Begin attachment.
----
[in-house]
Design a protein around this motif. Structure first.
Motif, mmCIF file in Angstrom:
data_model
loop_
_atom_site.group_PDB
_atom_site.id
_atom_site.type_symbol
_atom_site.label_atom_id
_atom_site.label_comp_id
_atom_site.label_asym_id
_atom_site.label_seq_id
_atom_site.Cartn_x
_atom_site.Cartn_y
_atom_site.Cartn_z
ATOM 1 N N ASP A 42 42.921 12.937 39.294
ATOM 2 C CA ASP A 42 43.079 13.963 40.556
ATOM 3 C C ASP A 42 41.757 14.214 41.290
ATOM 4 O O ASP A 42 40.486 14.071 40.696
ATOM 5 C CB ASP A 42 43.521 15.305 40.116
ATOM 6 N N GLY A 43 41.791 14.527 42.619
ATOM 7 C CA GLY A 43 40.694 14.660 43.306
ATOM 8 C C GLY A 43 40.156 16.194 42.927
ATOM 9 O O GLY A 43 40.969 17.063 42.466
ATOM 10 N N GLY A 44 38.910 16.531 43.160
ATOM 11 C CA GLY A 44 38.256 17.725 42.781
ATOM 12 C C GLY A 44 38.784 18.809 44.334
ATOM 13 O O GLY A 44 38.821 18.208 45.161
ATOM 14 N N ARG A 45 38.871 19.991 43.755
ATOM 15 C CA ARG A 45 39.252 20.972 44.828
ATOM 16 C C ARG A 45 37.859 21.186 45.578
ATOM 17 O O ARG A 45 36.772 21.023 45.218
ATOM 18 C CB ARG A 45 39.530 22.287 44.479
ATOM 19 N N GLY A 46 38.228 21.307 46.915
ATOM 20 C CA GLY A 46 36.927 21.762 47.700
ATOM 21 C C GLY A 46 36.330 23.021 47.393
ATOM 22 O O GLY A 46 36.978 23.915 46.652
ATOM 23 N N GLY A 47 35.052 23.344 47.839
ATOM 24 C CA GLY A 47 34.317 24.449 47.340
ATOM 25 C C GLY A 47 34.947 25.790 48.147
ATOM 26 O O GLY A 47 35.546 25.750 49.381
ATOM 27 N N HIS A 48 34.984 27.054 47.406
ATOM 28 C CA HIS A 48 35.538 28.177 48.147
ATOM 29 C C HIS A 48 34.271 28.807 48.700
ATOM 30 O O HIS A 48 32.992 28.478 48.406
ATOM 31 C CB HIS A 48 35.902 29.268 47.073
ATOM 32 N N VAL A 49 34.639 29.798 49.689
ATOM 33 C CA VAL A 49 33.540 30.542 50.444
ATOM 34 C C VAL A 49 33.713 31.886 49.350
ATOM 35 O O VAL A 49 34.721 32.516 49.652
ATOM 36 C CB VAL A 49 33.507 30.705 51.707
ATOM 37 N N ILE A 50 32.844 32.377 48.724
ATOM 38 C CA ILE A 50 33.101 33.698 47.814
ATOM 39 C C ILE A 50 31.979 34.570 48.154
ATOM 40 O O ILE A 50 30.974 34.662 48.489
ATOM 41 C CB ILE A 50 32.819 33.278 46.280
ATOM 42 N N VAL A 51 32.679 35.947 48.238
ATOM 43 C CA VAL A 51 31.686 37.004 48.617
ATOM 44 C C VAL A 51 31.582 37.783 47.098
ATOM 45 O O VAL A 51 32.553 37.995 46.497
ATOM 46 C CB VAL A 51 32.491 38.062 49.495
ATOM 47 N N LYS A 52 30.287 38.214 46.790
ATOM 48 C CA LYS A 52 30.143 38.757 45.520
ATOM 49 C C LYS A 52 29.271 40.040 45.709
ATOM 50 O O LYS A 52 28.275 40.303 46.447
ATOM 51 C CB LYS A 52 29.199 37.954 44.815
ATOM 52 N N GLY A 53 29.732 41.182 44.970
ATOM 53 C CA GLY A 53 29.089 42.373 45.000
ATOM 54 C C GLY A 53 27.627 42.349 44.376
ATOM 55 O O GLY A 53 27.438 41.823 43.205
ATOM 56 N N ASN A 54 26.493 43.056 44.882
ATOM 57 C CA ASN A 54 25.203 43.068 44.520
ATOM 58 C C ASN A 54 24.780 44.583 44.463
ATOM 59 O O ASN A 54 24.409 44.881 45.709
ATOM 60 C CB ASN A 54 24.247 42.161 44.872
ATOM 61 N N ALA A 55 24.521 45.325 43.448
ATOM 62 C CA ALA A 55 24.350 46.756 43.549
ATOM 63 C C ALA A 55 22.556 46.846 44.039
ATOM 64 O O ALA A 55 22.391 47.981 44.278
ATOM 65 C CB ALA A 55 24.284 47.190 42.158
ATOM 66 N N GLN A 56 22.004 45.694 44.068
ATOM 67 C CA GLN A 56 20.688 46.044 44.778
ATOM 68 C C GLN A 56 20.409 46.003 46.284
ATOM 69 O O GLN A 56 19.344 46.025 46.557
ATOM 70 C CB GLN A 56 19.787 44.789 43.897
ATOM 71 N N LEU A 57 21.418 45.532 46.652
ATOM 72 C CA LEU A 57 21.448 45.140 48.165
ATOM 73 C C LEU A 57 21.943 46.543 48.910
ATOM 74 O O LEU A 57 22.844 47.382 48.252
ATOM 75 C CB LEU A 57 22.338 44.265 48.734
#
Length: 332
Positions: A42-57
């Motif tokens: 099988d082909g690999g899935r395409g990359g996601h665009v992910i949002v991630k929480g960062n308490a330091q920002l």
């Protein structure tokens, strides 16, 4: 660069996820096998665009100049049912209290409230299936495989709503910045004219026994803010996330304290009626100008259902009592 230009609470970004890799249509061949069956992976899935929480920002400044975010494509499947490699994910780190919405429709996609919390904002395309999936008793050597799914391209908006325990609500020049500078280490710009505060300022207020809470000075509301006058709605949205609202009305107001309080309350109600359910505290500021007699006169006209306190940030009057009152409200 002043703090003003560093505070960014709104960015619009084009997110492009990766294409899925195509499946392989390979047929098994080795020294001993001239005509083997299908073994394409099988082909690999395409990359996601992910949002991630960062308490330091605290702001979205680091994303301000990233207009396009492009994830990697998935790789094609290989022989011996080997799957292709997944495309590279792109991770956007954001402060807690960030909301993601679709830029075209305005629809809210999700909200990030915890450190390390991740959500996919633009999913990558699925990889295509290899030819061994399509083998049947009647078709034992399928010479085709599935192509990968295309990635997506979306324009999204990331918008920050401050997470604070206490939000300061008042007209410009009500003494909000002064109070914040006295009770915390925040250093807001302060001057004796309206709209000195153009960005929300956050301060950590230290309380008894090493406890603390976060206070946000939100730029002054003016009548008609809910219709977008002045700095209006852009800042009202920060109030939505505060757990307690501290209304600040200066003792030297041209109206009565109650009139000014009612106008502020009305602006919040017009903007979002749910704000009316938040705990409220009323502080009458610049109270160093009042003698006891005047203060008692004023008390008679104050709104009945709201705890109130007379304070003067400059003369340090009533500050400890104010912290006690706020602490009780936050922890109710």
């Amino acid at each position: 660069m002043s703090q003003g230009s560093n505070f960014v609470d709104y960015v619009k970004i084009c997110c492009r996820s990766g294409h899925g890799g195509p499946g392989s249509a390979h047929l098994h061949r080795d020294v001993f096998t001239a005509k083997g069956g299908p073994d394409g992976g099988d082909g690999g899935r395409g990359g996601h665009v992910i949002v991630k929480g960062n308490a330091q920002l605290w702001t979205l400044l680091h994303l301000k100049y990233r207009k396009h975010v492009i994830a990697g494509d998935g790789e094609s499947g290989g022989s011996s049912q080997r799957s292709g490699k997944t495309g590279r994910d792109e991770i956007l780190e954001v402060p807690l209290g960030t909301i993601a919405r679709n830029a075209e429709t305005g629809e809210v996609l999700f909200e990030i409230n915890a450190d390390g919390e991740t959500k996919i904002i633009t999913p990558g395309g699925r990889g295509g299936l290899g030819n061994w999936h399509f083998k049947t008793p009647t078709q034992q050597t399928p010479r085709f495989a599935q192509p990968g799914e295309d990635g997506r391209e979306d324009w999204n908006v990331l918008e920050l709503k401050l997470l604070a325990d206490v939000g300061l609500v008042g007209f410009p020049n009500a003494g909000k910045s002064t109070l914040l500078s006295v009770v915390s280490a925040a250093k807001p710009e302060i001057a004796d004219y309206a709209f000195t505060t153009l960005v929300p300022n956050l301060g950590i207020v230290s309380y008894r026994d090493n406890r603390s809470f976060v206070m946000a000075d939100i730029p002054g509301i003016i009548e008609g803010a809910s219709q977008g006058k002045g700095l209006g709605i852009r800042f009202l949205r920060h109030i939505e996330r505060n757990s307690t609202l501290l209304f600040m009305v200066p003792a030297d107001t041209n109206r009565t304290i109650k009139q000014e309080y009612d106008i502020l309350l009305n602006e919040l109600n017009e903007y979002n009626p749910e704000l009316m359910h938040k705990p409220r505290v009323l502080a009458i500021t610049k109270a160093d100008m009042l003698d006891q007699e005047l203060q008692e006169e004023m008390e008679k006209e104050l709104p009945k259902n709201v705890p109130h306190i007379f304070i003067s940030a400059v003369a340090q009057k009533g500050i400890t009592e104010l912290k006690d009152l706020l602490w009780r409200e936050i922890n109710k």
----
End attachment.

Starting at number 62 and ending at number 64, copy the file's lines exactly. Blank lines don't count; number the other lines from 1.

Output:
ATOM 47 N N LYS A 52 30.287 38.214 46.790
ATOM 48 C CA LYS A 52 30.143 38.757 45.520
ATOM 49 C C LYS A 52 29.271 40.040 45.709